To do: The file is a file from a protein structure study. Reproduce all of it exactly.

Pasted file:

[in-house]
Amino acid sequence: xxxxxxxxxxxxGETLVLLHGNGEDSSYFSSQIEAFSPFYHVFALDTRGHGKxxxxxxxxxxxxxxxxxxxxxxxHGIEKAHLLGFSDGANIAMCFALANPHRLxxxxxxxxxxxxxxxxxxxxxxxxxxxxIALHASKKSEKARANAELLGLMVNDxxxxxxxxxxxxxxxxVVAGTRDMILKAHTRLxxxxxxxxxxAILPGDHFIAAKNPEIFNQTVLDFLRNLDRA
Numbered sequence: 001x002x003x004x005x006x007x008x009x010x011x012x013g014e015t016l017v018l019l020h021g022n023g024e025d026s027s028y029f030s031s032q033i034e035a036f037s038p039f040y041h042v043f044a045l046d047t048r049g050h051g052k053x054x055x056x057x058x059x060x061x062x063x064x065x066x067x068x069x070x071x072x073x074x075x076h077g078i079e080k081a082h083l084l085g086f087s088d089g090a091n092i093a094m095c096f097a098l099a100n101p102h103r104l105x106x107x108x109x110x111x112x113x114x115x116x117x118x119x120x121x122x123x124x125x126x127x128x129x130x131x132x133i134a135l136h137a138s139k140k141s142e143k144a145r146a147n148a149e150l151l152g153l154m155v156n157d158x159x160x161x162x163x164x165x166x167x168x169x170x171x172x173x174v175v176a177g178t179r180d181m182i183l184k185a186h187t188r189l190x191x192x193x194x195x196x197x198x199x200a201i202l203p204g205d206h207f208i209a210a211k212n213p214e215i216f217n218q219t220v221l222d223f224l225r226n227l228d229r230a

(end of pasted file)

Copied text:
[in-house]
Amino acid sequence: xxxxxxxxxxxxGETLVLLHGNGEDSSYFSSQIEAFSPFYHVFALDTRGHGKxxxxxxxxxxxxxxxxxxxxxxxHGIEKAHLLGFSDGANIAMCFALANPHRLxxxxxxxxxxxxxxxxxxxxxxxxxxxxIALHASKKSEKARANAELLGLMVNDxxxxxxxxxxxxxxxxVVAGTRDMILKAHTRLxxxxxxxxxxAILPGDHFIAAKNPEIFNQTVLDFLRNLDRA
Numbered sequence: 001x002x003x004x005x006x007x008x009x010x011x012x013g014e015t016l017v018l019l020h021g022n023g024e025d026s027s028y029f030s031s032q033i034e035a036f037s038p039f040y041h042v043f044a045l046d047t048r049g050h051g052k053x054x055x056x057x058x059x060x061x062x063x064x065x066x067x068x069x070x071x072x073x074x075x076h077g078i079e080k081a082h083l084l085g086f087s088d089g090a091n092i093a094m095c096f097a098l099a100n101p102h103r104l105x106x107x108x109x110x111x112x113x114x115x116x117x118x119x120x121x122x123x124x125x126x127x128x129x130x131x132x133i134a135l136h137a138s139k140k141s142e143k144a145r146a147n148a149e150l151l152g153l154m155v156n157d158x159x160x161x162x163x164x165x166x167x168x169x170x171x172x173x174v175v176a177g178t179r180d181m182i183l184k185a186h187t188r189l190x191x192x193x194x195x196x197x198x199x200a201i202l203p204g205d206h207f208i209a210a211k212n213p214e215i216f217n218q219t220v221l222d223f224l225r226n227l228d229r230a